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Now You Stay in a Ryokan
Guestrooms of the Ryokan
Japanese-style Hotel "Ryokan"
What is a Ryokan?  
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Okami, the Landlady
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  Origins and History of the Japanese Ryokan (PDF)  
  The wonders of Japanese Architecture & the Japanese Garden (PDF)  
  An Invitation to the Profound Taste of Japanese Cuisine (PDF)  

Now You Stay in a Ryokan
Receiving Guests  
Prelude to Relaxation  
To Your Guestroom  
Guestrooms of the Ryokan
After Settled Down in Guestroom  
Japanese-style Garden  
Onsen, Hot Springs  
Open-air Hot Spring Bath  
Private Open-air Hot Spring Bath  
Massage & Esthetic Treatment  
Comfortable Slumber  
  How to use Chopsticks (PDF)  
  The four Seasons and the Seasonal Calendar of the Japanese Ryokan (PDF)  
  Glossary of Terms Related to the Japanese Ryokan (PDF)  
How to enjoy staying at a RYOKAN  
Ryokan Experience by Expatriates  

  Guestrooms of the Ryokan
Washitsu (traditional Japanese-style Rooms)

Washitsu, a Japanese-style room

In general, the guestrooms of the ryokan are washitsu (Japanese-style rooms). You can relax comfortably in any style you like in the washitsu which mainly consists of a wooden ceiling and pillars, walls and tatami mats. In the middle of the main room, you will find a low zataku table, and zaisu (legless chairs) with zabuton cushions placed on top. In the deluxe guestrooms, arm rests called kyosoku are placed by the zaisu chairs.

The guestroom has large, wide windows, so that the guests can enjoy panoramic views. When the sunlight pouring in is too bright, you can close the shoji (sliding screen) made of wood and paper which will soften the light.

Some guestrooms have wood-framed glass sliding doors instead of windows, allowing the guests to step out into the garden straight from their rooms. The wooden-floor space outside the tatami-matted room is called engawa (veranda-like porch). When stepping down from the engawa into the garden, you are to wear geta (Japanese wooden clogs) or setta (leather-soled sandals).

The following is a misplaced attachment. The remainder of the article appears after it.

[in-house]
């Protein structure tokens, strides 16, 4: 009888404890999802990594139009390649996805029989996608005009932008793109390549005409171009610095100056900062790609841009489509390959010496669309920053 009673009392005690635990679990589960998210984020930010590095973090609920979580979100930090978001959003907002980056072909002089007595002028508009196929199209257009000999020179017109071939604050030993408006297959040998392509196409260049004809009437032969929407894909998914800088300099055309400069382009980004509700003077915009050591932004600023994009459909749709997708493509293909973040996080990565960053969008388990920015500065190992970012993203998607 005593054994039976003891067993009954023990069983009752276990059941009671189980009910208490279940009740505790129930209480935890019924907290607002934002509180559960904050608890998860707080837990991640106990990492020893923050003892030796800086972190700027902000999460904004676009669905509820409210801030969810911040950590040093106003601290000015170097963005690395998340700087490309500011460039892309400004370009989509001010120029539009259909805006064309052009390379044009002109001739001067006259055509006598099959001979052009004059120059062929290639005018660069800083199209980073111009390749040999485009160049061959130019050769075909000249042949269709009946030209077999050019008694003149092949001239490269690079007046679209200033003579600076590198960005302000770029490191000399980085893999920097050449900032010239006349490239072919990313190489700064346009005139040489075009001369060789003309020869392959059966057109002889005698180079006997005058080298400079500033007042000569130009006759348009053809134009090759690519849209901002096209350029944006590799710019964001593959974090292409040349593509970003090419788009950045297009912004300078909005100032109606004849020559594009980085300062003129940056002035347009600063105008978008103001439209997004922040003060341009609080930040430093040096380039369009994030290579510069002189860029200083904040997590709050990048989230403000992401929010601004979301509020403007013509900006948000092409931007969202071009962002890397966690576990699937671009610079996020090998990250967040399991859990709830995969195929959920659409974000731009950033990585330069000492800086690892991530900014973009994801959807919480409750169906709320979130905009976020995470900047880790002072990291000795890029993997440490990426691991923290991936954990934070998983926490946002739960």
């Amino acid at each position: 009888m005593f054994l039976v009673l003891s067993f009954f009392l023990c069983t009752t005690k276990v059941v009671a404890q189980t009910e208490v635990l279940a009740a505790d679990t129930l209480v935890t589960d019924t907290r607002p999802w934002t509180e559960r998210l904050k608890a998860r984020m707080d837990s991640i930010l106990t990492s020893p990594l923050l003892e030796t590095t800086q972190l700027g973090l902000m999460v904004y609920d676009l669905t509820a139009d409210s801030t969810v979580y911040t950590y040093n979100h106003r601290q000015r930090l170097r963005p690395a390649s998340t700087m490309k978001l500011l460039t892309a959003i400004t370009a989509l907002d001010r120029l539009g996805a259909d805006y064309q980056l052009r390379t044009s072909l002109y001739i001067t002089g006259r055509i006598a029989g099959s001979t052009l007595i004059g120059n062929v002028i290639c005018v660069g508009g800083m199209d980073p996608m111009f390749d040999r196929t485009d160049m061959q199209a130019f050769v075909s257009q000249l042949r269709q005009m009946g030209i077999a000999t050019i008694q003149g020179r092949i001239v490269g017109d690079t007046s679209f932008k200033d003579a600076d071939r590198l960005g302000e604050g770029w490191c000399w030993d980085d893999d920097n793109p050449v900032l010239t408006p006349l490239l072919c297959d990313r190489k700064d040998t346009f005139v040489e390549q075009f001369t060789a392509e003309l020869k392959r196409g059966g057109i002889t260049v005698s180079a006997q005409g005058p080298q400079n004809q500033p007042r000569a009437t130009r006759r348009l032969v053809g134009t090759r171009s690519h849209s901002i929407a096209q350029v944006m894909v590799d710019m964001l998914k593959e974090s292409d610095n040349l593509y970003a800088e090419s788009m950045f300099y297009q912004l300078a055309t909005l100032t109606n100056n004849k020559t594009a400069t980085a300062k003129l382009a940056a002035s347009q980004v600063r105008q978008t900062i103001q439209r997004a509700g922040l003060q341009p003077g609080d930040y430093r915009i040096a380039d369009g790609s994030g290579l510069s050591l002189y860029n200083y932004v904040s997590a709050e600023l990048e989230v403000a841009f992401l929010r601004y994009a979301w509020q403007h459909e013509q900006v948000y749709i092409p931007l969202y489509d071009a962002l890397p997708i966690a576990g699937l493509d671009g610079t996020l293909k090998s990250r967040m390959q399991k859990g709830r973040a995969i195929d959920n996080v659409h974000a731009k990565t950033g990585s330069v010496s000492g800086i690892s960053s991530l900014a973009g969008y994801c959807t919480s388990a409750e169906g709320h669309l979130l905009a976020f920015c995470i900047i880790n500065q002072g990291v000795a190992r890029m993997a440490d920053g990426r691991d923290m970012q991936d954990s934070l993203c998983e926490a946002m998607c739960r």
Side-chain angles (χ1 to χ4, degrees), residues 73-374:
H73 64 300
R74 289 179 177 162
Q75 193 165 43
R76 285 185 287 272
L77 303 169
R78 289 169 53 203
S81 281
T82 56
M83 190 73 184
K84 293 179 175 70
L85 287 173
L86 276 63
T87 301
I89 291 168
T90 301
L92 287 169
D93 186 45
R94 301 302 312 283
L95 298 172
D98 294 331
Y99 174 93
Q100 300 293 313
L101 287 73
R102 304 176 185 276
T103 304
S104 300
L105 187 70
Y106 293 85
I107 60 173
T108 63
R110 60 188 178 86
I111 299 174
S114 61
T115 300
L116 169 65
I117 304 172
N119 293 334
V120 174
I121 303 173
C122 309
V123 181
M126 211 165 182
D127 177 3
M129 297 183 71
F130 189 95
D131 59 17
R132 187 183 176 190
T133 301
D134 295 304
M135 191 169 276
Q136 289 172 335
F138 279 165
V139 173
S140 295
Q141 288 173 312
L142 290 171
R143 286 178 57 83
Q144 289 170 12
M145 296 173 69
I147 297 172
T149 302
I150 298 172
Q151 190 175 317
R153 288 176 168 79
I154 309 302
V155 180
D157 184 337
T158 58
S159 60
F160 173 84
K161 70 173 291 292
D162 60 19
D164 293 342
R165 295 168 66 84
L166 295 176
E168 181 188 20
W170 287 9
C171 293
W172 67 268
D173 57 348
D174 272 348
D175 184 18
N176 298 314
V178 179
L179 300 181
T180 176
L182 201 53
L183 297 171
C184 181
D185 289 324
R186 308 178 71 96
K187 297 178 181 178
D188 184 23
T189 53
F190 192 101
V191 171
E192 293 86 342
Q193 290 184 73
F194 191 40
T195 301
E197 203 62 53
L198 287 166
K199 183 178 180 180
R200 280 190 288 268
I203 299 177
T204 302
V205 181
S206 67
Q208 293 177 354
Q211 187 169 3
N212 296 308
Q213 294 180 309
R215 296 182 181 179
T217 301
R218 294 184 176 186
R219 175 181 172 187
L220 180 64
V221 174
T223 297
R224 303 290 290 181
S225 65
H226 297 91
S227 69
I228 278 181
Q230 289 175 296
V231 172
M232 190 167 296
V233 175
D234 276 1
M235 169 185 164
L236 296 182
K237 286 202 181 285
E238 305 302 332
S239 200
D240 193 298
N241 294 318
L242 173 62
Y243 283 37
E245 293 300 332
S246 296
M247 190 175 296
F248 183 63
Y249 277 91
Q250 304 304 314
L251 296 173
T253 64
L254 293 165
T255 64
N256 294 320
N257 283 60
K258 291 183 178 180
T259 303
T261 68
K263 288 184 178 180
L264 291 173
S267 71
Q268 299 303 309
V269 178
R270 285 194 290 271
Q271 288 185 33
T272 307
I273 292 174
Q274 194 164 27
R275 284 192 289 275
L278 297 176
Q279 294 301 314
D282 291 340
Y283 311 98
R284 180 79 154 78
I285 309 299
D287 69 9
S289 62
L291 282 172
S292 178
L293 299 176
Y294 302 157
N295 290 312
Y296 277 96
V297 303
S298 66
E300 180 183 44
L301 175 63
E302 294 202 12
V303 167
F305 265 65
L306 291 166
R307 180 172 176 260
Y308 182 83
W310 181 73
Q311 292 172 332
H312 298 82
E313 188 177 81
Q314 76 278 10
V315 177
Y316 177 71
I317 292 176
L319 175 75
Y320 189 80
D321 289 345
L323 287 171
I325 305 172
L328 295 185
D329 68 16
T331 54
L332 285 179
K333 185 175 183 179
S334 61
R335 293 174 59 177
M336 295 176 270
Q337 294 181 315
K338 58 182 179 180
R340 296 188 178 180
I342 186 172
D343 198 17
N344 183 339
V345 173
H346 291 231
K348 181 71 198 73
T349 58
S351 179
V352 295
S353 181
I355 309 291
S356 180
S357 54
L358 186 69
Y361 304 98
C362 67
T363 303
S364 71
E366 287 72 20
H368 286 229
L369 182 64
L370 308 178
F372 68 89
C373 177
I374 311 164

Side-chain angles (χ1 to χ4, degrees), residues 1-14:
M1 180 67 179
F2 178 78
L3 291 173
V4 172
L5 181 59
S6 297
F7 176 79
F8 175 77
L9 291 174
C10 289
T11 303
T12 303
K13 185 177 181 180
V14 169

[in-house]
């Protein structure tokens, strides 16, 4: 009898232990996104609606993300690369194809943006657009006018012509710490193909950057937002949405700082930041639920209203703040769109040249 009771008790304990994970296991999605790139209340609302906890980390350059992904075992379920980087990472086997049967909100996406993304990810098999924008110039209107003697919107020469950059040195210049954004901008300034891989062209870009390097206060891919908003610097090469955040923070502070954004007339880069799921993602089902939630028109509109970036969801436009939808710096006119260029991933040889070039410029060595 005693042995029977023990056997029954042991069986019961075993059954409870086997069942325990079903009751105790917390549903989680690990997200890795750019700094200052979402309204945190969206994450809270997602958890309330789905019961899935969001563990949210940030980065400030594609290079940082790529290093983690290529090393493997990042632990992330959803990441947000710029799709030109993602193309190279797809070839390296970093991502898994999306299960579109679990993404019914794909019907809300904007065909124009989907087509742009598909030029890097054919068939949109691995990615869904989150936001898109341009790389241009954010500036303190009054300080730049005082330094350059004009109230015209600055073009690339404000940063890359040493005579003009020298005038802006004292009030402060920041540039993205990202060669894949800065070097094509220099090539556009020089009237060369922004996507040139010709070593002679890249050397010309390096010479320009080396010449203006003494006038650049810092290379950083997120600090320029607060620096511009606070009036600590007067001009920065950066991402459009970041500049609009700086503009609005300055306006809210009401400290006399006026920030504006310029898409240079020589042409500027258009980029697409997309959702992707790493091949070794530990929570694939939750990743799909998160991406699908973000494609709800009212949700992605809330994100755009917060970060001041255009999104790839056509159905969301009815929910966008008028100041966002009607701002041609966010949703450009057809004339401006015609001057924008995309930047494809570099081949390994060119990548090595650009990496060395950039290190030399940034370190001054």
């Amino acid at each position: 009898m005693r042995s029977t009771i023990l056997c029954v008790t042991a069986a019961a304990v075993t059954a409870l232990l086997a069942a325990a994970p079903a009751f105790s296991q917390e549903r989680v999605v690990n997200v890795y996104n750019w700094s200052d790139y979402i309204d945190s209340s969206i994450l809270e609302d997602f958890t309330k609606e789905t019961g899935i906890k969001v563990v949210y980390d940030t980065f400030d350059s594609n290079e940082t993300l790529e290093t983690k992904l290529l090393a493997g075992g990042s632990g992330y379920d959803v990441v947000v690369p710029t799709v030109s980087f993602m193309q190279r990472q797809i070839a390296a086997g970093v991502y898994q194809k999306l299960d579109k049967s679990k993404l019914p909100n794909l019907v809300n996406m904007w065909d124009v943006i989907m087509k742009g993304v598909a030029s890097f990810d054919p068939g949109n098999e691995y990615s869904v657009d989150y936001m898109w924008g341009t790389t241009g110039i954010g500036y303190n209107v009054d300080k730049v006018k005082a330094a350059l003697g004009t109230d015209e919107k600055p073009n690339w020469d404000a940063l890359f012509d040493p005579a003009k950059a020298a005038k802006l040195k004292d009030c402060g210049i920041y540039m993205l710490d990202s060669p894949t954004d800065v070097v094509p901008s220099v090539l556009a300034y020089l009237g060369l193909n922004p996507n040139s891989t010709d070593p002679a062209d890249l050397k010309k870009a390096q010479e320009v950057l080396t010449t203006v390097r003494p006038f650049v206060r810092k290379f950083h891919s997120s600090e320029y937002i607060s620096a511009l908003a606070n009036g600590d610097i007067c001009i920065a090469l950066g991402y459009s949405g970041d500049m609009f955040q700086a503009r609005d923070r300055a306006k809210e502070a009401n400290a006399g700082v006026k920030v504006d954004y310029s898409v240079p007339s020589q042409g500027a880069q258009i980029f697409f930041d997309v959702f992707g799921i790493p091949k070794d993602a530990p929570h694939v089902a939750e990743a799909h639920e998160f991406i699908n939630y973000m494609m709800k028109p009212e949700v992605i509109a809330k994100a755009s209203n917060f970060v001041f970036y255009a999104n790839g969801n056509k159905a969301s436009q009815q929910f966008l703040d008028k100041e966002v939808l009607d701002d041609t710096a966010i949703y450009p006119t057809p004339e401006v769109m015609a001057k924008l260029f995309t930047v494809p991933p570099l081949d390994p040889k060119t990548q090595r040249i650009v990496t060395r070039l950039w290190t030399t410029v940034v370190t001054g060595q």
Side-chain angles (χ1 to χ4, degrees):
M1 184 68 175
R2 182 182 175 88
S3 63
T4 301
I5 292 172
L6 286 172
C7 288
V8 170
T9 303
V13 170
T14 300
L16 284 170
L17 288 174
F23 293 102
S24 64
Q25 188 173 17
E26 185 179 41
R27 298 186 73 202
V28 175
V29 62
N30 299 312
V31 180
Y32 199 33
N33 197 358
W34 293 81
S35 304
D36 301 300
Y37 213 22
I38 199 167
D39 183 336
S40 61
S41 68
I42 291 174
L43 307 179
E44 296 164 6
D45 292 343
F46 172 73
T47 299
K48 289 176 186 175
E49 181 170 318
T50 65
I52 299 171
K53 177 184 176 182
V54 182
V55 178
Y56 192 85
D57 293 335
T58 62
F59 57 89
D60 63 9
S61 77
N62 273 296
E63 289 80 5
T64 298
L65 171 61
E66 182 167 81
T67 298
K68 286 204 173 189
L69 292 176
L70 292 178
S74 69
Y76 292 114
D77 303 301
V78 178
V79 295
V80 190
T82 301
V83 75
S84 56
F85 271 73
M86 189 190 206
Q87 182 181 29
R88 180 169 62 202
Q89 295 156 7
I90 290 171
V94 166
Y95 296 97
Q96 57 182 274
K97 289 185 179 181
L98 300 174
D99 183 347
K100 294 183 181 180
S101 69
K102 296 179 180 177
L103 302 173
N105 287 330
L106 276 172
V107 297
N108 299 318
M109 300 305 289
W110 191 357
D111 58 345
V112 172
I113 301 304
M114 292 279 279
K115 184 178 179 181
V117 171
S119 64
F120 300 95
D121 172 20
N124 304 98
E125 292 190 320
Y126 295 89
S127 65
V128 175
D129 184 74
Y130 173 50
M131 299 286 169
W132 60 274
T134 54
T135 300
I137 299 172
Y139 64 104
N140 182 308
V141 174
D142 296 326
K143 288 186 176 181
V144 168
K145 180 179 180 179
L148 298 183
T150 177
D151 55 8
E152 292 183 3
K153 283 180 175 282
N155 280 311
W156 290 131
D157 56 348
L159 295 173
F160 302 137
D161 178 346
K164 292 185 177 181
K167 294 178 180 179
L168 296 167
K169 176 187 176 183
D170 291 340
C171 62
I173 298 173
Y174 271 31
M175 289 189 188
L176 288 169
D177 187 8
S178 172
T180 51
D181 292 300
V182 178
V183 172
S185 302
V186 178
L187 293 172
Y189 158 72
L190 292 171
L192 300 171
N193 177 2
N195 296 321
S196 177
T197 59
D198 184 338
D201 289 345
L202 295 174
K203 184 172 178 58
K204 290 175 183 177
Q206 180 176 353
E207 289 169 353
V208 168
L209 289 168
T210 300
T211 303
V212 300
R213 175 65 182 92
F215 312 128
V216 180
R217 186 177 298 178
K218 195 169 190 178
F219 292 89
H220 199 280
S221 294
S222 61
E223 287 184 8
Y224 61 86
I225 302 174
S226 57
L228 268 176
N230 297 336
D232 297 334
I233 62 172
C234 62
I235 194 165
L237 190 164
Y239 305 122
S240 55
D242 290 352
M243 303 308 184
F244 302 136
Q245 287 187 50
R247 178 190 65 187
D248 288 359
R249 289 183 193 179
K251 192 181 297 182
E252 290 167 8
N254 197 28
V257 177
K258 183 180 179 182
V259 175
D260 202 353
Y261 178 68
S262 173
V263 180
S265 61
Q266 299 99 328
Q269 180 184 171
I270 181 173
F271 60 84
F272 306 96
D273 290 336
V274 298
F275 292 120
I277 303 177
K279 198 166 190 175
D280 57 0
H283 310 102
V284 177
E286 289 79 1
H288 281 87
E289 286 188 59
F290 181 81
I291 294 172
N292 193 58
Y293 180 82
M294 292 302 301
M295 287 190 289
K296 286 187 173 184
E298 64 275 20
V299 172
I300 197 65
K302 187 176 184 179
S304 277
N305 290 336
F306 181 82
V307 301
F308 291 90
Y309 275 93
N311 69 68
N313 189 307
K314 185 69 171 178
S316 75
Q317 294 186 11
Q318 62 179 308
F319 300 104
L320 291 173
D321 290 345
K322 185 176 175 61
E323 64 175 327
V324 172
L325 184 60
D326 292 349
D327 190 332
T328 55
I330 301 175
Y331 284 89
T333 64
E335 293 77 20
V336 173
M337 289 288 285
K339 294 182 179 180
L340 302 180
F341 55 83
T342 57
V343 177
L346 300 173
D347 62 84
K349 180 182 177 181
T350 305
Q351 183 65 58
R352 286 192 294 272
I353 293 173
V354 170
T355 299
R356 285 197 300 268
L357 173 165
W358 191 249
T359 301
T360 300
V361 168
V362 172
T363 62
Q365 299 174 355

In recent years, it is quite common to find guestrooms with a modern living room designed in a blend of Japanese and Western styles.

The fusion of Japanese and Western styles can even be found in the bedroom. In the case of washitsu, bedding (futon) is usually directly placed on the tatami, but low beds are used in the place of futon at some ryokans.

In some cases, the bedroom is designed in Western style. Even in Western-style bedrooms, you will frequently find elements of Japanese-style interior design incorporated.

Tatami mats of the ryokan are changed into new tatami-omote (coverings) at regular intervals. The fresh green tatami gives off a gentle aroma that is unique to the raw rushes used to make tatami.


Tatami mats are changed into new ones at regular intervals.   A large, wide window   A fusion of Japanese and Western styles
Glass sliding doors   Elements of Japanese-style interior design   Enjoy the outdoor scenery!
A blend of Japanese and Western styles  

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